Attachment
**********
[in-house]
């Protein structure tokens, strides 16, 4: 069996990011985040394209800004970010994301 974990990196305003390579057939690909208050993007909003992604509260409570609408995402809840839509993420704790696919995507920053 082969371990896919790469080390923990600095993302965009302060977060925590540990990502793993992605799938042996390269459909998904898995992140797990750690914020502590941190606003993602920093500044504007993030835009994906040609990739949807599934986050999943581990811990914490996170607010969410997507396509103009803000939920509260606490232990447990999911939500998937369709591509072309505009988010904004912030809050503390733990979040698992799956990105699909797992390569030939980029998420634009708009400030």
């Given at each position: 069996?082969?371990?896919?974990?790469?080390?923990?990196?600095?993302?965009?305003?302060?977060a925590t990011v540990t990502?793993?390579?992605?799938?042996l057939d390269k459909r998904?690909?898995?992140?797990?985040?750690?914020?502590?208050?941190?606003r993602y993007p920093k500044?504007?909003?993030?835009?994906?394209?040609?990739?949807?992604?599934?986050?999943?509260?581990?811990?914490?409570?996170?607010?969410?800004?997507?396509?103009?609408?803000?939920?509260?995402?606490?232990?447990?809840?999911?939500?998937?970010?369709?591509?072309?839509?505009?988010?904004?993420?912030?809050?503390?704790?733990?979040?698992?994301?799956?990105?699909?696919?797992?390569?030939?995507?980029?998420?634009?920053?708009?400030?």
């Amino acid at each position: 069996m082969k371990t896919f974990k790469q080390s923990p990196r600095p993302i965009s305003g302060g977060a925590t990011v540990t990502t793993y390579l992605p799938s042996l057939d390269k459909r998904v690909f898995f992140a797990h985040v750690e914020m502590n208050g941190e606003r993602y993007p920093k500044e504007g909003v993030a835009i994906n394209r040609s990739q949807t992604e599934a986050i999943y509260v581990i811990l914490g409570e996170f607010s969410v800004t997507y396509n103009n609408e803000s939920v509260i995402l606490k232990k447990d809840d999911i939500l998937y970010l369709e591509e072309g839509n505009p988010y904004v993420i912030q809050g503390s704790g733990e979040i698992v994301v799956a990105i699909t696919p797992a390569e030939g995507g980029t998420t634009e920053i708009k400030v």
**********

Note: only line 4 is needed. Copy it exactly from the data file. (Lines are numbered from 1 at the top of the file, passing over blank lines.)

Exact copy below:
């Amino acid at each position: 069996m082969k371990t896919f974990k790469q080390s923990p990196r600095p993302i965009s305003g302060g977060a925590t990011v540990t990502t793993y390579l992605p799938s042996l057939d390269k459909r998904v690909f898995f992140a797990h985040v750690e914020m502590n208050g941190e606003r993602y993007p920093k500044e504007g909003v993030a835009i994906n394209r040609s990739q949807t992604e599934a986050i999943y509260v581990i811990l914490g409570e996170f607010s969410v800004t997507y396509n103009n609408e803000s939920v509260i995402l606490k232990k447990d809840d999911i939500l998937y970010l369709e591509e072309g839509n505009p988010y904004v993420i912030q809050g503390s704790g733990e979040i698992v994301v799956a990105i699909t696919p797992a390569e030939g995507g980029t998420t634009e920053i708009k400030v």